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IJAFR, volume 52, no1, 2013 >

Please use this identifier to cite or link to this item: http://hdl.handle.net/11019/445

Title: Genetics of reproductive performance in seasonal calving dairy cattle production systems
Authors: Berry, Donagh P.
Kearney, J. F.
Twomey, K.
Evans, R. D.
Keywords: Dairy
Fertility
Heritability
Holstein-Friesian
Issue Date: 2013
Publisher: Teagasc (Agriculture and Food Development Authority), Ireland
Citation: D.P. Berry, J.F. Kearney, K. Twomey and R.D. Evans. Genetics of reproductive performance in seasonal calving dairy cattle production systems. Irish Journal of Agricultural and Food Research, 2013, 52, 1–16
Series/Report no.: Irish Journal of Agricultural and Food Research;vol 52
Abstract: Profitable seasonal calving dairy production systems require a cow that will establish pregnancy early in the breeding season implying a quick return to service post-calving and good pregnancy rates. Genetic selection provides an opportunity to achieve this goal so therefore the objective of this study was to estimate the necessary genetic parameters for fertility traits, pertinent to seasonal calving herds, in order to facilitate genetic selection for fertility. The data, following editing, consisted of parity 1 to 3 records on up to 397,373 Holstein-Friesian dairy cows in Ireland. Variance components for the defined interval fertility traits (age at first calving, calving to first service interval, calving interval), binary fertility traits (submission rate in the first 21 days of the breeding season, pregnant to first service, pregnant in the first 42 days of the breeding season, calved in the first 42 days of the calving season) and the count fertility trait (number of services) were estimated using univariate animal models and covariances among traits were estimated using bivariate sire models. Heritability estimates of the nine fertility traits (including age at first calving and survival) varied from 0.01 to 0.07 within parity one to three. The coefficient of genetic variation for the fertility traits varied from 3.3% to 15.3%. Calving to first service interval, within parity, was moderately positively genetically correlated (0.54 to 0.75) with calving interval and was, in general, moderately negatively correlated with both submission rate (-0.68 to -0.29) and pregnant in the first 42 days of the breeding season (-0.36 to -0.14). Calving interval was moderately positively correlated (0.24 to 0.68) with number of services. Irrespective of parity, the genetic correlations between calving interval with calving in the first 42 days of the calving season, and submission rate with pregnant in the first 42 days of the breeding season were all negative. The genetic correlations among calving in the first 42 days of the calving season, submission rate and pregnant in the first 42 days of the breeding season were all positive. All fertility traits were generally antagonistically genetically correlated with lactation milk yield, but most were moderate to strongly favourably correlated with survival to the next lactation. This study provides the necessary genetic parameters to undertake national genetic evaluations for fertility to help achieve the fertility targets in seasonal calving herds.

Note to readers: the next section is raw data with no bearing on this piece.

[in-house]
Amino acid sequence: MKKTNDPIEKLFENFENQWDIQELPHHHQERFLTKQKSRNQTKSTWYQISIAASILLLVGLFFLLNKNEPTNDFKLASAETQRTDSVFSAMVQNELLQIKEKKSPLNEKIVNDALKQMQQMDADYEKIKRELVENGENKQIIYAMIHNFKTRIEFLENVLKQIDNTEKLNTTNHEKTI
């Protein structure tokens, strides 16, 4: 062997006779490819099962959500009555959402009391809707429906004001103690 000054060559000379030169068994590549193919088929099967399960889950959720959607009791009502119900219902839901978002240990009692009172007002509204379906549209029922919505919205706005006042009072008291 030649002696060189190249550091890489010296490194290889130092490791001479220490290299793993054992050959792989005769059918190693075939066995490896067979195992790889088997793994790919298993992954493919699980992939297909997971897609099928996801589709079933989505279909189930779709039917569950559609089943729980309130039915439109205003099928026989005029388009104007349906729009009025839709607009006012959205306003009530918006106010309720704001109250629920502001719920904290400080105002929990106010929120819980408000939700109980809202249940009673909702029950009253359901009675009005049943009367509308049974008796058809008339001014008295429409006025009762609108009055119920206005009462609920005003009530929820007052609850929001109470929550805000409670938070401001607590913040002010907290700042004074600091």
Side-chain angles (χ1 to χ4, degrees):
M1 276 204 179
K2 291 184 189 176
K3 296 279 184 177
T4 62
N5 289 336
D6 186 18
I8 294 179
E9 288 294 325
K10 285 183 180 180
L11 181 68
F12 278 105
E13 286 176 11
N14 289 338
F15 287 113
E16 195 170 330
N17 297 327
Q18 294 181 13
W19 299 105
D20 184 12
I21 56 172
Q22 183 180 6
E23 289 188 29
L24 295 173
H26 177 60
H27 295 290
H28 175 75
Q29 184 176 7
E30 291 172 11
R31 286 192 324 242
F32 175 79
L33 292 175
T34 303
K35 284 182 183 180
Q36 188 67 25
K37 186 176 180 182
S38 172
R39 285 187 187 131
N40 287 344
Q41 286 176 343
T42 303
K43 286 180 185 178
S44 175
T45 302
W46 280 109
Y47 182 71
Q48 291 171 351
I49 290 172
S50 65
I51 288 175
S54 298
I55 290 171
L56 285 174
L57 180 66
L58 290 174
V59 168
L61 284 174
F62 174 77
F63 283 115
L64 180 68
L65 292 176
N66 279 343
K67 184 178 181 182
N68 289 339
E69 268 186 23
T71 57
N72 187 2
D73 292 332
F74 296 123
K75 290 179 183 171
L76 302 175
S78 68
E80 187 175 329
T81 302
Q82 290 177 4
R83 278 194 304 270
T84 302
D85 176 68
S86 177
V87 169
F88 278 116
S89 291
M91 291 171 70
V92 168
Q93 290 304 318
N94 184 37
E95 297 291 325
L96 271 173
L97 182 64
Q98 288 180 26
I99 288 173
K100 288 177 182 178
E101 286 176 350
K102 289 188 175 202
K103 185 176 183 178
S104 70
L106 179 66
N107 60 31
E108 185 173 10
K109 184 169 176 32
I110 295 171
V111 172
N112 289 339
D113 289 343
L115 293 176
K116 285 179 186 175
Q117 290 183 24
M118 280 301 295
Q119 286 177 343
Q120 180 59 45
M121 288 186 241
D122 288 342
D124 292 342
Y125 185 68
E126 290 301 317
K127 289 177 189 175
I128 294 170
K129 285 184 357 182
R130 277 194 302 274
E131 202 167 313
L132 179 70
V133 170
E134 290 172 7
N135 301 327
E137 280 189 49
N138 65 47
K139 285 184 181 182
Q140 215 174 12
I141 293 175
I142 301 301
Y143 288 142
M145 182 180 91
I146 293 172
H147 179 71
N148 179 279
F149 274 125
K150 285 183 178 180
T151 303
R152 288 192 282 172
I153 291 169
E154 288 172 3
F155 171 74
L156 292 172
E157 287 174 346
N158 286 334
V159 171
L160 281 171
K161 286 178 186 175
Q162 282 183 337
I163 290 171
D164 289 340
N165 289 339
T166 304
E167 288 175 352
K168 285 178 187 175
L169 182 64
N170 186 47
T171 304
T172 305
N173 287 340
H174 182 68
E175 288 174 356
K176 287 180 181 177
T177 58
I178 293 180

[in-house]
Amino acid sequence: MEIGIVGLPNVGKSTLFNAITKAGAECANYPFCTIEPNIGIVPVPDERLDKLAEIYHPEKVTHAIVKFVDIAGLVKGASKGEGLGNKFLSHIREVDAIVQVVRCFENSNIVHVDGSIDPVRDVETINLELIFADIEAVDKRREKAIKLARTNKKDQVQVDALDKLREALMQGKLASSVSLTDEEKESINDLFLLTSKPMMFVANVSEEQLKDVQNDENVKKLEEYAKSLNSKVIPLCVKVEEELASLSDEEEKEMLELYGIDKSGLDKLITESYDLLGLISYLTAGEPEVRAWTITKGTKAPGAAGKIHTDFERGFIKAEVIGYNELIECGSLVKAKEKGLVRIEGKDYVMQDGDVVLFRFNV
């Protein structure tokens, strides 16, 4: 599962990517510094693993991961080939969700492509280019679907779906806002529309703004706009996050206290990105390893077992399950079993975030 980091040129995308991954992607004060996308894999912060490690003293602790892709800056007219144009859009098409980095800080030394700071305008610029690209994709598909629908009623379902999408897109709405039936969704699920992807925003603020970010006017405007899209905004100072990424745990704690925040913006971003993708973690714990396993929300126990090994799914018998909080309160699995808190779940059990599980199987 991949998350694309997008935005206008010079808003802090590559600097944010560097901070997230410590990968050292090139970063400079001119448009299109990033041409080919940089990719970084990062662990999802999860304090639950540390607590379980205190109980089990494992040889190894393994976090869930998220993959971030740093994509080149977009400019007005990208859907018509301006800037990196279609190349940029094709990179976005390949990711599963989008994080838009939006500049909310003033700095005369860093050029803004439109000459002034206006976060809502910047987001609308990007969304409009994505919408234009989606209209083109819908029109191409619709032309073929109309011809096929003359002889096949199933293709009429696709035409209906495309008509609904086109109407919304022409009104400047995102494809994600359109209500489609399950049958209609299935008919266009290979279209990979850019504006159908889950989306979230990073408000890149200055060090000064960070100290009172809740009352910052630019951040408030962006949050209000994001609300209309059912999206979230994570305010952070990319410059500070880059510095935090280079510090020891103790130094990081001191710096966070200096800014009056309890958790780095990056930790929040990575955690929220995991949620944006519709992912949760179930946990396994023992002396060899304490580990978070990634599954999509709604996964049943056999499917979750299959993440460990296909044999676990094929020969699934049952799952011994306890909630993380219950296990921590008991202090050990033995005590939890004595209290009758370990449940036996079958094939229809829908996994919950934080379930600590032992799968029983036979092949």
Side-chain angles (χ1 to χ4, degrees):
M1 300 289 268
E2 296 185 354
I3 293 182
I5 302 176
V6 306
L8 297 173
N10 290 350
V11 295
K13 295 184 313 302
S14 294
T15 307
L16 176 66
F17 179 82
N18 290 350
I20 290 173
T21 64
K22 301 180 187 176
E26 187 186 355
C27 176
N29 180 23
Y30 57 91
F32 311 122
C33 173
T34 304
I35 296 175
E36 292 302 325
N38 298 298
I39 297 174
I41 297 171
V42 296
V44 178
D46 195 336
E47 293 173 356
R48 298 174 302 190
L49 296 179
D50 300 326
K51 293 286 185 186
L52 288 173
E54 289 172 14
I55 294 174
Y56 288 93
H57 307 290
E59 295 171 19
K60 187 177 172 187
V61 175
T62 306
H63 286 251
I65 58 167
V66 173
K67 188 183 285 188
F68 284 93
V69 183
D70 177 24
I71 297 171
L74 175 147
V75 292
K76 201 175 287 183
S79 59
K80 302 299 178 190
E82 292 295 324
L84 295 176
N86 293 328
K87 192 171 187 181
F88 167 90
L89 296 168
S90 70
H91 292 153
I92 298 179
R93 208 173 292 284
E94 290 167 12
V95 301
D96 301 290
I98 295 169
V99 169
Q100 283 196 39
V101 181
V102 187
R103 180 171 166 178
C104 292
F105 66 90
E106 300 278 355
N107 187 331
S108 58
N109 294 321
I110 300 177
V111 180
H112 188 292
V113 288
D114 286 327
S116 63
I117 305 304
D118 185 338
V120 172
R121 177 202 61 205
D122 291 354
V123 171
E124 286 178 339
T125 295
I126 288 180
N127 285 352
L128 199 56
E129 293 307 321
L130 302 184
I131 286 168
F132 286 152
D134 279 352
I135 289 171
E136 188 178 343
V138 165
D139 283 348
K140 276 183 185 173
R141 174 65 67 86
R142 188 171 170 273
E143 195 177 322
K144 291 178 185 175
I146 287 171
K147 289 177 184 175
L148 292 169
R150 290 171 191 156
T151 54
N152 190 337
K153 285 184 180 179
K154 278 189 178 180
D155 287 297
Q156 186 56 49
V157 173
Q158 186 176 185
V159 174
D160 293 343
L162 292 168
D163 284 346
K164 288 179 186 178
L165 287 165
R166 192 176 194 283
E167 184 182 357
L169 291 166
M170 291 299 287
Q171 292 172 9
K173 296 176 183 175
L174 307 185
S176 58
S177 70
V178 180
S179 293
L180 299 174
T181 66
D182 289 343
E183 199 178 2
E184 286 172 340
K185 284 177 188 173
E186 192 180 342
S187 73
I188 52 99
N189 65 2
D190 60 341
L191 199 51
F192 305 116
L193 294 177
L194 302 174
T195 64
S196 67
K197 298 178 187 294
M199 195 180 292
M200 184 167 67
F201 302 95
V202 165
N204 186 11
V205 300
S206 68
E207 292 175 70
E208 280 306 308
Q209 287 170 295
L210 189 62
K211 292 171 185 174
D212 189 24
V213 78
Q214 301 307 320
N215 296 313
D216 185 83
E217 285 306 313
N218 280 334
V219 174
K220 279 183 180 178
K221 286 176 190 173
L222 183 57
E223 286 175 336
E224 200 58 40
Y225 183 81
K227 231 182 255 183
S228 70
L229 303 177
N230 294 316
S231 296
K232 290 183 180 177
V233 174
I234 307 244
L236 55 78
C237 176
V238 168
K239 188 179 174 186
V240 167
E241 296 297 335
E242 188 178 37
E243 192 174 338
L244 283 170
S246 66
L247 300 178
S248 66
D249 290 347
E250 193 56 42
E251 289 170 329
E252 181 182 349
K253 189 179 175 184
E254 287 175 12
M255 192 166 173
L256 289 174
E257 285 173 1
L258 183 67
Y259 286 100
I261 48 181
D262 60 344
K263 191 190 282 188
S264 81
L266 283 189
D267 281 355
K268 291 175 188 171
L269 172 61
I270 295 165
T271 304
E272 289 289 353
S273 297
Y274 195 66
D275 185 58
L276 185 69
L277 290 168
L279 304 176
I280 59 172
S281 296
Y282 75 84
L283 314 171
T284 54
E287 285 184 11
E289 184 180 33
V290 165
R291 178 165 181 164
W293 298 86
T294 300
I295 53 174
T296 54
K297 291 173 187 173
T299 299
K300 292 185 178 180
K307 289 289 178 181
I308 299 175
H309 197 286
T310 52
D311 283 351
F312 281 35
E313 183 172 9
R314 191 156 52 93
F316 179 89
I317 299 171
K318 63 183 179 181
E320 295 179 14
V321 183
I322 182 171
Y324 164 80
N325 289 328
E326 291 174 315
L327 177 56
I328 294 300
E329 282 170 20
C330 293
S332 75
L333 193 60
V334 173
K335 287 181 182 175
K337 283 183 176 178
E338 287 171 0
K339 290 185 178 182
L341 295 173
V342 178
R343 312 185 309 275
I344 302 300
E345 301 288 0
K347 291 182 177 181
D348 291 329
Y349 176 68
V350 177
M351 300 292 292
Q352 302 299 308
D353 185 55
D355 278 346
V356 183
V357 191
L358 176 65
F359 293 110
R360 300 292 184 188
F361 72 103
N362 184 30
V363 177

Description: peer-reviewed
Research Stimulus Fund reference number RSF-06-0328
URI: http://hdl.handle.net/11019/445
ISSN: 0791-6833
Appears in Collections:Animal & Bioscience
IJAFR, volume 52, no1, 2013

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